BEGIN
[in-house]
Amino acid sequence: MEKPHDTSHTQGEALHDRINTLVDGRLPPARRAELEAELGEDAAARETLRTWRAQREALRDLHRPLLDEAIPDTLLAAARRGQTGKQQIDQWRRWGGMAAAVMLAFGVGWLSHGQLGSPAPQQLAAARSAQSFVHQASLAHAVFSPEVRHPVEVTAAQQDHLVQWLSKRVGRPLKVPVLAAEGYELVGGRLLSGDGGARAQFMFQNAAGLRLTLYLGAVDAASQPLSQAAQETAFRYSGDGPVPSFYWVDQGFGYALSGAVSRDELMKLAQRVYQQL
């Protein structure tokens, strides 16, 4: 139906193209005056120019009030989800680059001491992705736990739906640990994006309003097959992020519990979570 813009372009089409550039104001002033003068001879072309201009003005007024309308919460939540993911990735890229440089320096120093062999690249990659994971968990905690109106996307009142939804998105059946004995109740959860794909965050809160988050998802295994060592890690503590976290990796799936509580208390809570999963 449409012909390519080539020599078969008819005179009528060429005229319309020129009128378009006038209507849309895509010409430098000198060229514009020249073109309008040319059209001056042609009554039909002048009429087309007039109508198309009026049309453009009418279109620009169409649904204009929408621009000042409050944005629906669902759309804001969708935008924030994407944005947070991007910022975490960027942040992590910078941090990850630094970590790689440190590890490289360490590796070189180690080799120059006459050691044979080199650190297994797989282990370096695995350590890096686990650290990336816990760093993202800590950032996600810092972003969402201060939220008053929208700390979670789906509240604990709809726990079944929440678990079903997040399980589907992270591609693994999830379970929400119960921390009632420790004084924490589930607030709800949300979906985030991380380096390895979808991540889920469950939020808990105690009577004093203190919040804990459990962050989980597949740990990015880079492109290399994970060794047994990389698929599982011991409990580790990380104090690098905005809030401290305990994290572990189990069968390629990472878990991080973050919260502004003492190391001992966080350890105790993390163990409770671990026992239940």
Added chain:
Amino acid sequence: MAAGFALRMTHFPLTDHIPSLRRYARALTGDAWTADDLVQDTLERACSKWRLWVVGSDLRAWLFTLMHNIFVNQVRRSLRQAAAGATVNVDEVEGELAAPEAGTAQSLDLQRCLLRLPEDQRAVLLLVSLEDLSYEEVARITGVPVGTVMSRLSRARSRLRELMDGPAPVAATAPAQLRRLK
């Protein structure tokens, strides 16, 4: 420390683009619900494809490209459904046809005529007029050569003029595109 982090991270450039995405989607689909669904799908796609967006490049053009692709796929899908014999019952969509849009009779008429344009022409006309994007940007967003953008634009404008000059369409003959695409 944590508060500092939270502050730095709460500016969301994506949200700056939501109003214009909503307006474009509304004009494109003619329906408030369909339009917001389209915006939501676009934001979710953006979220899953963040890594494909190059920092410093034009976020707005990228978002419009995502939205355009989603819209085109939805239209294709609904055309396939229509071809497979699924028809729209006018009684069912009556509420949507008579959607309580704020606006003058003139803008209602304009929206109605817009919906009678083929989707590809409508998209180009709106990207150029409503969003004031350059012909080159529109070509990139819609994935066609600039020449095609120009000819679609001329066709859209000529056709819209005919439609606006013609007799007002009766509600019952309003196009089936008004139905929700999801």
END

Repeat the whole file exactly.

[in-house]
Amino acid sequence: MEKPHDTSHTQGEALHDRINTLVDGRLPPARRAELEAELGEDAAARETLRTWRAQREALRDLHRPLLDEAIPDTLLAAARRGQTGKQQIDQWRRWGGMAAAVMLAFGVGWLSHGQLGSPAPQQLAAARSAQSFVHQASLAHAVFSPEVRHPVEVTAAQQDHLVQWLSKRVGRPLKVPVLAAEGYELVGGRLLSGDGGARAQFMFQNAAGLRLTLYLGAVDAASQPLSQAAQETAFRYSGDGPVPSFYWVDQGFGYALSGAVSRDELMKLAQRVYQQL
């Protein structure tokens, strides 16, 4: 139906193209005056120019009030989800680059001491992705736990739906640990994006309003097959992020519990979570 813009372009089409550039104001002033003068001879072309201009003005007024309308919460939540993911990735890229440089320096120093062999690249990659994971968990905690109106996307009142939804998105059946004995109740959860794909965050809160988050998802295994060592890690503590976290990796799936509580208390809570999963 449409012909390519080539020599078969008819005179009528060429005229319309020129009128378009006038209507849309895509010409430098000198060229514009020249073109309008040319059209001056042609009554039909002048009429087309007039109508198309009026049309453009009418279109620009169409649904204009929408621009000042409050944005629906669902759309804001969708935008924030994407944005947070991007910022975490960027942040992590910078941090990850630094970590790689440190590890490289360490590796070189180690080799120059006459050691044979080199650190297994797989282990370096695995350590890096686990650290990336816990760093993202800590950032996600810092972003969402201060939220008053929208700390979670789906509240604990709809726990079944929440678990079903997040399980589907992270591609693994999830379970929400119960921390009632420790004084924490589930607030709800949300979906985030991380380096390895979808991540889920469950939020808990105690009577004093203190919040804990459990962050989980597949740990990015880079492109290399994970060794047994990389698929599982011991409990580790990380104090690098905005809030401290305990994290572990189990069968390629990472878990991080973050919260502004003492190391001992966080350890105790993390163990409770671990026992239940």
Added chain:
Amino acid sequence: MAAGFALRMTHFPLTDHIPSLRRYARALTGDAWTADDLVQDTLERACSKWRLWVVGSDLRAWLFTLMHNIFVNQVRRSLRQAAAGATVNVDEVEGELAAPEAGTAQSLDLQRCLLRLPEDQRAVLLLVSLEDLSYEEVARITGVPVGTVMSRLSRARSRLRELMDGPAPVAATAPAQLRRLK
């Protein structure tokens, strides 16, 4: 420390683009619900494809490209459904046809005529007029050569003029595109 982090991270450039995405989607689909669904799908796609967006490049053009692709796929899908014999019952969509849009009779008429344009022409006309994007940007967003953008634009404008000059369409003959695409 944590508060500092939270502050730095709460500016969301994506949200700056939501109003214009909503307006474009509304004009494109003619329906408030369909339009917001389209915006939501676009934001979710953006979220899953963040890594494909190059920092410093034009976020707005990228978002419009995502939205355009989603819209085109939805239209294709609904055309396939229509071809497979699924028809729209006018009684069912009556509420949507008579959607309580704020606006003058003139803008209602304009929206109605817009919906009678083929989707590809409508998209180009709106990207150029409503969003004031350059012909080159529109070509990139819609994935066609600039020449095609120009000819679609001329066709859209000529056709819209005919439609606006013609007799007002009766509600019952309003196009089936008004139905929700999801």